Use of Hospital Discharge Data for Surveillance of Chemical-Related Respiratory Disease

Arch Environ Health. Jan-Feb 1995;50(1):26-30. doi: 10.1080/00039896.1995.9955009.

Abstract

Hospital discharge data can be useful in the identification of the more severe cases of both work- and nonwork-related chemical-related respiratory disease. The medical records of 329 patients hospitalized in Michigan in 1989 and 1990 for respiratory conditions resulting from chemical fumes and vapors (International Classification of Diseases diagnostic code 506) were reviewed to determine the location and etiology of the exposures. One-third of the discharges were work related. The most common exposures at work were to chlorine and sulfur dioxide and to industrial cleaning agents. Exposure to smoke from house fires and exposure to household cleaners were the most frequent causes of the nonwork-related discharges. Follow-up inspections at the work facilities where the hospitalized patients with work-related disease had become ill revealed that 61 of 261 (23.4%) fellow workers interviewed had new adult-onset asthma or were bothered at work by daily or weekly symptoms of shortness of breath, wheezing, or chest tightness. Nine of the 23 facilities inspected were cited for violating Occupational Safety and Health Administration standards.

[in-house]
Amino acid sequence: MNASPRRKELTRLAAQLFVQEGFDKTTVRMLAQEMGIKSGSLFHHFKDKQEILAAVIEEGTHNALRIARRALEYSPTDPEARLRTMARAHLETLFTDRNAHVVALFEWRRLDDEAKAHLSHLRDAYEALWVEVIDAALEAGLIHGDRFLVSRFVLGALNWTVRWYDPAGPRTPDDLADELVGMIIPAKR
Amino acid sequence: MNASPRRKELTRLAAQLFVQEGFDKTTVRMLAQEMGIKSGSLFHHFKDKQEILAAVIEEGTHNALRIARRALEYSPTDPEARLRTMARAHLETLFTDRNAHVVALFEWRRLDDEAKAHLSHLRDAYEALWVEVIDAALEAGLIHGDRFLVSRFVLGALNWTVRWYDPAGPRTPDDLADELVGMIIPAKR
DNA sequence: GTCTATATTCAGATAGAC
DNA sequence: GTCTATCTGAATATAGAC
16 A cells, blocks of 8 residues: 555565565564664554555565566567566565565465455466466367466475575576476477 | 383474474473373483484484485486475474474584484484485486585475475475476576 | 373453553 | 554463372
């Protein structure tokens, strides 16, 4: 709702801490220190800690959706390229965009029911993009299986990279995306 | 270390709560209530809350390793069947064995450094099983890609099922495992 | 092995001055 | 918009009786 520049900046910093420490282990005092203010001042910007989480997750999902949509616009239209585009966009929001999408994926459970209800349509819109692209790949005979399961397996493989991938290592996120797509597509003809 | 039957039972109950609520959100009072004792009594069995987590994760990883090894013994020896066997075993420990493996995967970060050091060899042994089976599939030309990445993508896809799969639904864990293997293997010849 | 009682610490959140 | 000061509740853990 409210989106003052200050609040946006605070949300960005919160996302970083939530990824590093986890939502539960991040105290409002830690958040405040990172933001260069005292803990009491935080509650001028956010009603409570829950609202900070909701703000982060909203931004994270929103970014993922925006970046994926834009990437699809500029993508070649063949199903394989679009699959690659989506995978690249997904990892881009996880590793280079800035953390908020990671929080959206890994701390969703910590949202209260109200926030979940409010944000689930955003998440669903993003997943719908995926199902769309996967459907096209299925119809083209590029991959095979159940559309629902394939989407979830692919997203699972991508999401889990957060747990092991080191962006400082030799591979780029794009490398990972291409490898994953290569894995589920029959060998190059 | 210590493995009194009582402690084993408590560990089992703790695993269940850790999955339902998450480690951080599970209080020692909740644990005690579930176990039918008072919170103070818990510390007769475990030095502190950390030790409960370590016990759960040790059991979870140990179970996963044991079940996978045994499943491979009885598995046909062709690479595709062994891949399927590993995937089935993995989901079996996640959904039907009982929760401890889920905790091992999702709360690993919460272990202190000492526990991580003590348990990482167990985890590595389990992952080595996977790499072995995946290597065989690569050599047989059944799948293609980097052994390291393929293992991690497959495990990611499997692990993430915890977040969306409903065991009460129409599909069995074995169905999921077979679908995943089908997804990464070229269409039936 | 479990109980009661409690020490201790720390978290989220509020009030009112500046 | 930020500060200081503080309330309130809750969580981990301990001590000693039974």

Publication types

  • Research Support, U.S. Gov't, P.H.S.

MeSH terms

  • Adolescent
  • Adult
  • Aged
  • Air Pollutants / adverse effects
  • Child
  • Child, Preschool
  • Environmental Exposure
  • Female
  • Hospital Records*
  • Humans
  • Lung Diseases / chemically induced*
  • Lung Diseases / epidemiology*
  • Male
  • Michigan / epidemiology
  • Middle Aged
  • Occupational Diseases / chemically induced*
  • Occupational Diseases / epidemiology*
  • Patient Discharge
  • Population Surveillance

Substances

  • Air Pollutants